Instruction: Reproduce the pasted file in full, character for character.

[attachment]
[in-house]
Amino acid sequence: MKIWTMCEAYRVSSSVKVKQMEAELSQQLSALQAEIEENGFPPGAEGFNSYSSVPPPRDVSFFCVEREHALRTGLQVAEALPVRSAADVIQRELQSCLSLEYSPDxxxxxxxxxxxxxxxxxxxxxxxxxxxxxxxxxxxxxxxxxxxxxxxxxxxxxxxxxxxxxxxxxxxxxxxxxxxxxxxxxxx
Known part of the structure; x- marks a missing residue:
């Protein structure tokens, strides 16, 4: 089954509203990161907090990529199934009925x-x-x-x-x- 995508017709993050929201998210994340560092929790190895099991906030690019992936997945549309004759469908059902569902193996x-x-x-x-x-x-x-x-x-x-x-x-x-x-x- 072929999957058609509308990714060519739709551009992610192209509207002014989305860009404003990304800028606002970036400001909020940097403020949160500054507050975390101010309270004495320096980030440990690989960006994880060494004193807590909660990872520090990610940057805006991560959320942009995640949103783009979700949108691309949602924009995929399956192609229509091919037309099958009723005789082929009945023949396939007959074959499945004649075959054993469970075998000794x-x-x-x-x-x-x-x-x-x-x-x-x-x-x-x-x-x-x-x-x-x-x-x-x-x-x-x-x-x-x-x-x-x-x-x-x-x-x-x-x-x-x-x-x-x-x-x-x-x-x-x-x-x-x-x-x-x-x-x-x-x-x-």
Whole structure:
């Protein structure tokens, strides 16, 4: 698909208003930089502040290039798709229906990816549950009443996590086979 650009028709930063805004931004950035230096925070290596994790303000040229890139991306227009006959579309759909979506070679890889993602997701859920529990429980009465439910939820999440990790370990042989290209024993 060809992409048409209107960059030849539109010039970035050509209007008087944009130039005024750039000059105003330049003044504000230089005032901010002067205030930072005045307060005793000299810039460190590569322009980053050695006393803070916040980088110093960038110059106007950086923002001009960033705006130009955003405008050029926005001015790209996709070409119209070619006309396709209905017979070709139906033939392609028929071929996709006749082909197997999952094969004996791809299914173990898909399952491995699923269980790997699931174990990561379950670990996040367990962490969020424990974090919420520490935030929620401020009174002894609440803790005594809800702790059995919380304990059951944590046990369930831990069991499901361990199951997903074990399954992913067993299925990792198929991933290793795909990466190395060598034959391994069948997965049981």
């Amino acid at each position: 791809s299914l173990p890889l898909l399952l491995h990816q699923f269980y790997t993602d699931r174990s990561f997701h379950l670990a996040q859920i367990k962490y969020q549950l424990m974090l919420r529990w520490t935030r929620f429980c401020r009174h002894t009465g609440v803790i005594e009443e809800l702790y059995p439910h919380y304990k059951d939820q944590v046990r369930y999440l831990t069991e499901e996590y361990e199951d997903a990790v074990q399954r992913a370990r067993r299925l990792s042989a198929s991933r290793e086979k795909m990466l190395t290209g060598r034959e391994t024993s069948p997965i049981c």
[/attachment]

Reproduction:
[in-house]
Amino acid sequence: MKIWTMCEAYRVSSSVKVKQMEAELSQQLSALQAEIEENGFPPGAEGFNSYSSVPPPRDVSFFCVEREHALRTGLQVAEALPVRSAADVIQRELQSCLSLEYSPDxxxxxxxxxxxxxxxxxxxxxxxxxxxxxxxxxxxxxxxxxxxxxxxxxxxxxxxxxxxxxxxxxxxxxxxxxxxxxxxxxxx
Known part of the structure; x- marks a missing residue:
């Protein structure tokens, strides 16, 4: 089954509203990161907090990529199934009925x-x-x-x-x- 995508017709993050929201998210994340560092929790190895099991906030690019992936997945549309004759469908059902569902193996x-x-x-x-x-x-x-x-x-x-x-x-x-x-x- 072929999957058609509308990714060519739709551009992610192209509207002014989305860009404003990304800028606002970036400001909020940097403020949160500054507050975390101010309270004495320096980030440990690989960006994880060494004193807590909660990872520090990610940057805006991560959320942009995640949103783009979700949108691309949602924009995929399956192609229509091919037309099958009723005789082929009945023949396939007959074959499945004649075959054993469970075998000794x-x-x-x-x-x-x-x-x-x-x-x-x-x-x-x-x-x-x-x-x-x-x-x-x-x-x-x-x-x-x-x-x-x-x-x-x-x-x-x-x-x-x-x-x-x-x-x-x-x-x-x-x-x-x-x-x-x-x-x-x-x-x-």
Whole structure:
């Protein structure tokens, strides 16, 4: 698909208003930089502040290039798709229906990816549950009443996590086979 650009028709930063805004931004950035230096925070290596994790303000040229890139991306227009006959579309759909979506070679890889993602997701859920529990429980009465439910939820999440990790370990042989290209024993 060809992409048409209107960059030849539109010039970035050509209007008087944009130039005024750039000059105003330049003044504000230089005032901010002067205030930072005045307060005793000299810039460190590569322009980053050695006393803070916040980088110093960038110059106007950086923002001009960033705006130009955003405008050029926005001015790209996709070409119209070619006309396709209905017979070709139906033939392609028929071929996709006749082909197997999952094969004996791809299914173990898909399952491995699923269980790997699931174990990561379950670990996040367990962490969020424990974090919420520490935030929620401020009174002894609440803790005594809800702790059995919380304990059951944590046990369930831990069991499901361990199951997903074990399954992913067993299925990792198929991933290793795909990466190395060598034959391994069948997965049981």
């Amino acid at each position: 791809s299914l173990p890889l898909l399952l491995h990816q699923f269980y790997t993602d699931r174990s990561f997701h379950l670990a996040q859920i367990k962490y969020q549950l424990m974090l919420r529990w520490t935030r929620f429980c401020r009174h002894t009465g609440v803790i005594e009443e809800l702790y059995p439910h919380y304990k059951d939820q944590v046990r369930y999440l831990t069991e499901e996590y361990e199951d997903a990790v074990q399954r992913a370990r067993r299925l990792s042989a198929s991933r290793e086979k795909m990466l190395t290209g060598r034959e391994t024993s069948p997965i049981c």